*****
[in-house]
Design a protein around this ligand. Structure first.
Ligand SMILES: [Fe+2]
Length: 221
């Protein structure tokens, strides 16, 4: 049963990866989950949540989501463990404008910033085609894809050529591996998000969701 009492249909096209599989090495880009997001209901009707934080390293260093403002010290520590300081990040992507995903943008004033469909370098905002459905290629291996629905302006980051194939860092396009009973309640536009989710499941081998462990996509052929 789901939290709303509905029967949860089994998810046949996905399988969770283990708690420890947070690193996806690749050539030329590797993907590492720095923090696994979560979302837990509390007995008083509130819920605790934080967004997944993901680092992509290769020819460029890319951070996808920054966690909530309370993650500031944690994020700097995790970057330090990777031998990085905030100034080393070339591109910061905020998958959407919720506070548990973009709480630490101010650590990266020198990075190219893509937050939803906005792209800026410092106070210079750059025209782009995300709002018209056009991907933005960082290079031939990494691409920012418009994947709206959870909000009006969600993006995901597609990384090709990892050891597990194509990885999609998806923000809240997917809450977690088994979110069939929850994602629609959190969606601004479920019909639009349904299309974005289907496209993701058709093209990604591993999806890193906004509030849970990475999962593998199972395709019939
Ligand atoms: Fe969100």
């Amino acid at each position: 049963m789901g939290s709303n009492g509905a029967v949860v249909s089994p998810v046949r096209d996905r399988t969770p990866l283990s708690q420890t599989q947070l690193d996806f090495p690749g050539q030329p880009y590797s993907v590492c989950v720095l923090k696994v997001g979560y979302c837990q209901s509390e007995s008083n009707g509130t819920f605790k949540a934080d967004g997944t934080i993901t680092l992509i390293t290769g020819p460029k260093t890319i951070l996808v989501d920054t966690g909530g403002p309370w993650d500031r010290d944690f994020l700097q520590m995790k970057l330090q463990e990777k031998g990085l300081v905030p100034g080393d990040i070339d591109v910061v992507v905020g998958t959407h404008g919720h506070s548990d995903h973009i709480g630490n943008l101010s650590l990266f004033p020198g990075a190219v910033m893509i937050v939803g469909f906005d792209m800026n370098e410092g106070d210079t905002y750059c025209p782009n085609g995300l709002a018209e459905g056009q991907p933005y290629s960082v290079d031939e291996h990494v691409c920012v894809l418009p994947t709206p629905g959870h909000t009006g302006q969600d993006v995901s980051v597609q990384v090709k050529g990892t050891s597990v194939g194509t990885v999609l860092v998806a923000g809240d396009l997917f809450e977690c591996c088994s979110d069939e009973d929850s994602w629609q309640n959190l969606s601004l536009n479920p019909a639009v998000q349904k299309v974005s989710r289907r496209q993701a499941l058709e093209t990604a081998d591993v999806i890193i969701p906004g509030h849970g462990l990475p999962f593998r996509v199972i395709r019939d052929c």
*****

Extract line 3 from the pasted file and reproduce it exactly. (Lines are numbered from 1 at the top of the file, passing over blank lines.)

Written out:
Ligand SMILES: [Fe+2]